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Churches offer comfort, hope after Georgia school shooting

CONYERS, Ga. (BP)–While investigators worked behind crime scene tape at suburban Atlanta’s Heritage High School the next day after a well-publicized May 20 shooting, nearly 800 students, parents and community leaders gathered at nearby Heritage Hills Baptist Church to hear an update from school officials and to find comfort in being together.
“We’re just trying to minister to our kids and to other kids,” said youth pastor Sean Nix in the Conyers, Ga., church parking lot, surrounded by a variety of local and national media representatives.
Nix said students began coming to the church the previous day after school was dismissed when six students were injured by gunfire and transported to area hospitals. A fellow student was charged with entering the school’s common room as classes were about to begin and randomly shooting among the students.
When news reached the airwaves that some students were gathering at the church, others began to make their way to Heritage Hills, said Nix, who had been preparing for a True Love Waits ceremony, an effort to promote sexual abstinence until marriage, for students at a nearby middle school. That event was postponed until Monday and Nix turned his attention to providing support for his high school youth and their friends who had been traumatized by the shooting.
“We had a lot of kids come by here who are not part of our youth group,” said Nix. The church enlisted counselors to meet with students to help them process their fears and to struggle with the familiar question of how such a violent event could occur in a community known for being quiet and caring.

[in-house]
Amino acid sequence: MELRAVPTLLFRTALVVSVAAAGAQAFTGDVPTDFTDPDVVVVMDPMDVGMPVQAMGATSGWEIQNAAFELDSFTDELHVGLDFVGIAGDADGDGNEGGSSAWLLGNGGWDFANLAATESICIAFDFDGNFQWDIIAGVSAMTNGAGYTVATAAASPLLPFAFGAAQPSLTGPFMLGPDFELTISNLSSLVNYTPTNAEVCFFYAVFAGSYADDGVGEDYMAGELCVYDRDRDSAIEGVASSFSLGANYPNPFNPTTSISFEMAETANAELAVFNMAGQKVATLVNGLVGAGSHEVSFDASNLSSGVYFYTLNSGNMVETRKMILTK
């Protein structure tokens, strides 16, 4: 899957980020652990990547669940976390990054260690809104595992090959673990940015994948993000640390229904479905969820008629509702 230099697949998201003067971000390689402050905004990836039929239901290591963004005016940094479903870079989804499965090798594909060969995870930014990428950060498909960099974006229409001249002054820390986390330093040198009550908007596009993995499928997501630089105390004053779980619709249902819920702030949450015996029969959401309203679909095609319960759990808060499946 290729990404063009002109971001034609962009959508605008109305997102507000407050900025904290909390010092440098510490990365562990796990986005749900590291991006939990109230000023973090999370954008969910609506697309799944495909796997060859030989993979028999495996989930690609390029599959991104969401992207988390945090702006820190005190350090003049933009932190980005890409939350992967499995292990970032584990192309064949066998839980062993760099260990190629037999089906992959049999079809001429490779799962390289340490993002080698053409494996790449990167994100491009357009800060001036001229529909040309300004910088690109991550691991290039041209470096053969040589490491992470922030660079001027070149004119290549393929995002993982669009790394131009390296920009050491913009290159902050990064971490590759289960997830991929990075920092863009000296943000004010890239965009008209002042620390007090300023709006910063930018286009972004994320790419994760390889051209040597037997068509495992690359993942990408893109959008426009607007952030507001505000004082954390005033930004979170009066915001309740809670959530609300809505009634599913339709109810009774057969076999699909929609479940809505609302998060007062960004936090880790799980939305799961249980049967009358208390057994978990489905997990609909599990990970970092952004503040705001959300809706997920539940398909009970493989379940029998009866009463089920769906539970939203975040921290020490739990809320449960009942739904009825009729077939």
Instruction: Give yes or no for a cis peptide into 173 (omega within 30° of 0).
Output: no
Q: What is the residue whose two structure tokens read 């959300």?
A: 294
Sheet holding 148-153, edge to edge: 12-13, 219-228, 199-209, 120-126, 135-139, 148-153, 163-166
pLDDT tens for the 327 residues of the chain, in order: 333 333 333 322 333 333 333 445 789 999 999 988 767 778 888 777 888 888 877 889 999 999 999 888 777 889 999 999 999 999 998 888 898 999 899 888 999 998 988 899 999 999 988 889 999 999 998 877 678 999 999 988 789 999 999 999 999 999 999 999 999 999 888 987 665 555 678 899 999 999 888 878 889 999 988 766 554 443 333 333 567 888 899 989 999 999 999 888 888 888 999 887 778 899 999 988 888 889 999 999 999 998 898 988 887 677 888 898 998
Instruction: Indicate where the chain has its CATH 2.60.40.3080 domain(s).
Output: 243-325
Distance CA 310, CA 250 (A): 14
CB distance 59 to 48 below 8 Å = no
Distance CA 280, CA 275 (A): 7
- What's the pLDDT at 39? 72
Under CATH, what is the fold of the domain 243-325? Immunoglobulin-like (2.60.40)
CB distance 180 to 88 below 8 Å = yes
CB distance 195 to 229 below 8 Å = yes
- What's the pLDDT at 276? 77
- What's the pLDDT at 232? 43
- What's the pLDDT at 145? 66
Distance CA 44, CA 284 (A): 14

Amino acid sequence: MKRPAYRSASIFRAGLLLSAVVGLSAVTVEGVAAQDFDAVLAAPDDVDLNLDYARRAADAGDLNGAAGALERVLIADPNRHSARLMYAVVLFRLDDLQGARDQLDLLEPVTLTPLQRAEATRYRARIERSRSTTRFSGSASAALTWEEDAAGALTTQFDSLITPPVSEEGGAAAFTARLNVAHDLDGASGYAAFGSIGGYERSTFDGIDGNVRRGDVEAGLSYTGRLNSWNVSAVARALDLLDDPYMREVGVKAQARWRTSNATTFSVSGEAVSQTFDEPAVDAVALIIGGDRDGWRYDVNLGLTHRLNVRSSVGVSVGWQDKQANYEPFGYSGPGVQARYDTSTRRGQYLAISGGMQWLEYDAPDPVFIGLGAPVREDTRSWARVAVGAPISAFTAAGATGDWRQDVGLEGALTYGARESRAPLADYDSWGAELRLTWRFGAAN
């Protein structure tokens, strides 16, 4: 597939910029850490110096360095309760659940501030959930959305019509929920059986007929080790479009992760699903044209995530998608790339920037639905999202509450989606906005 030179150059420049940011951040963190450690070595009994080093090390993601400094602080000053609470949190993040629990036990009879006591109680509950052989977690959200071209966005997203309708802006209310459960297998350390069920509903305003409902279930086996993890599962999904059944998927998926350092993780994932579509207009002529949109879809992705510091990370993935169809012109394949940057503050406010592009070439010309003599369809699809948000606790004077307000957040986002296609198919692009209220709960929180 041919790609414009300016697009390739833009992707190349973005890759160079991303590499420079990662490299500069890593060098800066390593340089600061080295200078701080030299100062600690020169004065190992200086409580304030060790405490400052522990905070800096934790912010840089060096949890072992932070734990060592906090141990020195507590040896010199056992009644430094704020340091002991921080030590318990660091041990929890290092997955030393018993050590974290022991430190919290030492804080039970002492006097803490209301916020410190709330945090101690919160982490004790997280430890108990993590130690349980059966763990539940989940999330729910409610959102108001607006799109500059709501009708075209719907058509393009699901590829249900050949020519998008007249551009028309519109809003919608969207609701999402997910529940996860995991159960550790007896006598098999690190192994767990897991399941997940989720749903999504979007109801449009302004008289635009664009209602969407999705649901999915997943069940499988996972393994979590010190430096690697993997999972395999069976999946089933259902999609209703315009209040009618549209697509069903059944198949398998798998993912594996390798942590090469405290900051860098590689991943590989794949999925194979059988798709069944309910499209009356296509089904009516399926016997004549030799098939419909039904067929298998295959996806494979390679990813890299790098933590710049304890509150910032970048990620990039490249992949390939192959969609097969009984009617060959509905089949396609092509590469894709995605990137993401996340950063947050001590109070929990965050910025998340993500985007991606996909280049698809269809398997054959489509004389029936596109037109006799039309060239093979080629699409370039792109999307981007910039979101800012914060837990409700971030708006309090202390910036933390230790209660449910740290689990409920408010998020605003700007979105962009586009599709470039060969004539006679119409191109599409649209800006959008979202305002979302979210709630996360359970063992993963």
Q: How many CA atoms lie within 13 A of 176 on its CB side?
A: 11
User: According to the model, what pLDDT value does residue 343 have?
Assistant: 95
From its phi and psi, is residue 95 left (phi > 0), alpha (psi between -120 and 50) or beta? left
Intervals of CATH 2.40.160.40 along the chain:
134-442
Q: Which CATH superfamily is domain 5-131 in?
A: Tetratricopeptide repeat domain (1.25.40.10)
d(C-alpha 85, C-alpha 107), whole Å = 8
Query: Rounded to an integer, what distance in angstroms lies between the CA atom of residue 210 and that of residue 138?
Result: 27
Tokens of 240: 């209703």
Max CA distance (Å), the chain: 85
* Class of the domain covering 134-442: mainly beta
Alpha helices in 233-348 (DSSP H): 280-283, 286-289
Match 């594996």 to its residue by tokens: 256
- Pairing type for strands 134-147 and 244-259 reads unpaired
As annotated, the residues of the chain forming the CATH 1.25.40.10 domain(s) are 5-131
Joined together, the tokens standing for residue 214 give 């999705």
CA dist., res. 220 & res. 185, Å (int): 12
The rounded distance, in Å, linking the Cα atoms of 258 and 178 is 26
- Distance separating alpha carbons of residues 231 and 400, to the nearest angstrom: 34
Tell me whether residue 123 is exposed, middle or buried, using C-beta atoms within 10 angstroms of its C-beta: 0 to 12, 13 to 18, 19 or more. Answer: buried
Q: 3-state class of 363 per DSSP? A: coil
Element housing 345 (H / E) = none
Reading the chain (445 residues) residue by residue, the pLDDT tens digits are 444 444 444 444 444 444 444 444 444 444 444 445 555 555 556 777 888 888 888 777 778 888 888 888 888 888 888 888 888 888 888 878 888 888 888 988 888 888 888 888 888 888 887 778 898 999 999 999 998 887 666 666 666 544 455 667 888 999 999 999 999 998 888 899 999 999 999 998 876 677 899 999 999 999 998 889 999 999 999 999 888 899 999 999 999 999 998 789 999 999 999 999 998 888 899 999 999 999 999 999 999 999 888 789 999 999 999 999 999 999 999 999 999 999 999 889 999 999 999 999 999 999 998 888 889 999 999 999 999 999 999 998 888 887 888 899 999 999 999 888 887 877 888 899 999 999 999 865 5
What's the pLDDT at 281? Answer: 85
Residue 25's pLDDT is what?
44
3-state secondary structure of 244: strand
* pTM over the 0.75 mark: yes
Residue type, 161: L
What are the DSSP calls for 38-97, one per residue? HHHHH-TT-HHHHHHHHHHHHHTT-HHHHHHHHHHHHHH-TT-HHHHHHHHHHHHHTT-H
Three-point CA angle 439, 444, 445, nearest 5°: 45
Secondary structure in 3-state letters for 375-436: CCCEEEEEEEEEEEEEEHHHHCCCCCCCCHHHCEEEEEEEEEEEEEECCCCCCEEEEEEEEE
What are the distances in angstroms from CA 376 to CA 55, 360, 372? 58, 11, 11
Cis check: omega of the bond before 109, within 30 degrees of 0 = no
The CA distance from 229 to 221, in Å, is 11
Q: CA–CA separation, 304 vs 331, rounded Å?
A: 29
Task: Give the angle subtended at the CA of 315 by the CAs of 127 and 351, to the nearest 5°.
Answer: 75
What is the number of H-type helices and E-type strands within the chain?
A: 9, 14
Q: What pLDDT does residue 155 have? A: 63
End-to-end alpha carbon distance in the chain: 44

“It can happen anywhere,” said Joe Hughes, pastor of Heritage Hills, reflecting on the tragic event that had suddenly thrown this growing community just 25 miles east of Atlanta into the spotlight.
“And there is no [answer to] ‘Why?’” said Andy Gans, director of children and youth at nearby Smyrna Presbyterian Church. However, he said the students could find “strength in knowing that God is always going to be with you.”
Gans said the close relationship between local youth ministers who meet as a support group and cooperatively sponsor an annual event helped them in responding more effectively to the needs of the student body.
Both youth leaders expressed appreciation for how the students were supporting and encouraging each other. “I saw a lot of love and compassion,” said Nix after meeting with students. He added that they prayed for both those who had been injured and for the fellow student charged with the shooting.
Kenny McKay, a Heritage High student and part of the Heritage Hills youth group, said such a tragedy probably resulted from “a hardened heart.” He added, “It takes a long time to get that much hate.”
Junior Randy Norman, who plays football at Heritage, was about to pull into the school parking lot when he saw police and emergency vehicles speeding past him. Instead he went to the adjacent football field house and learned about the shooting from a coach.
After returning home, Norman went to Heritage Hills to be with his church youth group and other students impacted by the crisis. He is casual friends with two of the students who were injured and only knew the shooting suspect as someone in his math class.
“Christians have been known as being hypocritical” by not always showing the love they claim, Norman said, so he was pleased his church responded so well to the crisis by “trying to show God’s love.”
With one week remaining, school officials were seeking to bring the academic year to a close by allowing students to forgo final exams if pleased with their current grades. Graduation ceremonies just eight days after this tragic incident were to remain on schedule.
But the impact of this surprise shooting at Heritage High, one month after a more deadly incident in Littleton, Colo., will go on much longer.
Gans said he sensed two strong feelings among the traumatized students with whom he had spoken. First, they are “scared and their innocence has been broken.” Second, and on a hopeful note, he said, “These kids are taking charge of the situation” by supporting each other and looking to the future.
“I’m really worried about the eighth-graders,” said Gans of those who will be entering Heritage High as new students next fall. “There’s enough fear in just moving up.”
But he added that it is often “in times of tragedy that people turn to God.”

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  • John D. Pierce